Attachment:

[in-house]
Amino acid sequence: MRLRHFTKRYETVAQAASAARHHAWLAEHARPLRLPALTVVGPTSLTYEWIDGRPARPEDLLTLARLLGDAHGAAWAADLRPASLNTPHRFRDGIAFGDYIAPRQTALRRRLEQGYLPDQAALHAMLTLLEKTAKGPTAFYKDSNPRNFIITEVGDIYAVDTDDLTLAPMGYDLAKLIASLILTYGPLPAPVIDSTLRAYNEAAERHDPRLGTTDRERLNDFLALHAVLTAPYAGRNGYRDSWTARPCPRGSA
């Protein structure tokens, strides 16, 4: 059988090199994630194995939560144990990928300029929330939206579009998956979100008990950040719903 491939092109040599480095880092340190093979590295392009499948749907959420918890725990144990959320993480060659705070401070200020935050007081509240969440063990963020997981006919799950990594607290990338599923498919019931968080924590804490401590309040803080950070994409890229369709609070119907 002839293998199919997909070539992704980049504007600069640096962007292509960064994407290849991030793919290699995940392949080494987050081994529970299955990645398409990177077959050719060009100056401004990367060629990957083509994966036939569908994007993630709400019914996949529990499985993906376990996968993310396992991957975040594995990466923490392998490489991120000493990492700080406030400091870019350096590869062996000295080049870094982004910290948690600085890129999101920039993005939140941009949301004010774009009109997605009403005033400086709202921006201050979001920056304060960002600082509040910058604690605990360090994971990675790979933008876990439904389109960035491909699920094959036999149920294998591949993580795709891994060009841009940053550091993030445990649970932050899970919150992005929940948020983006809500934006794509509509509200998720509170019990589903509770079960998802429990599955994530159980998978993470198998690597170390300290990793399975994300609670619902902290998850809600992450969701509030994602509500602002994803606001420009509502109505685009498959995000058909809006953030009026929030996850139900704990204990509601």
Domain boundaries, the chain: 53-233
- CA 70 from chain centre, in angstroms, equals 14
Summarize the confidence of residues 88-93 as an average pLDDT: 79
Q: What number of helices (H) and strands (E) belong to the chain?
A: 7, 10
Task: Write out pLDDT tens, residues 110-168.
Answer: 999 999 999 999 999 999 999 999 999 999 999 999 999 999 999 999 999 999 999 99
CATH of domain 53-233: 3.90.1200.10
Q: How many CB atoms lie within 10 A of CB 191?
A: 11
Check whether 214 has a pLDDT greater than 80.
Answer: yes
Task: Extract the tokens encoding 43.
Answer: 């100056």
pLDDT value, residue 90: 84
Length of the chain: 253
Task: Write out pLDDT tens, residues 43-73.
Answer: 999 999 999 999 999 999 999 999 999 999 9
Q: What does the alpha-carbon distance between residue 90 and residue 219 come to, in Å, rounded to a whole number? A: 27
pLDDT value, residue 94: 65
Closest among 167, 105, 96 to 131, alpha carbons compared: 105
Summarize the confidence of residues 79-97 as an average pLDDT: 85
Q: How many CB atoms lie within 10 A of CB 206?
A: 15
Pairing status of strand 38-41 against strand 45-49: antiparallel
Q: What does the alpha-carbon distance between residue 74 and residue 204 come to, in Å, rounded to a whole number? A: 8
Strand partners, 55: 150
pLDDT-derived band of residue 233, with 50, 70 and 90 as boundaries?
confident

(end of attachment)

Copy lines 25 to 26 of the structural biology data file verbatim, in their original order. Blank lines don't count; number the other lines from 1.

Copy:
Summarize the confidence of residues 79-97 as an average pLDDT: 85
Q: How many CB atoms lie within 10 A of CB 206?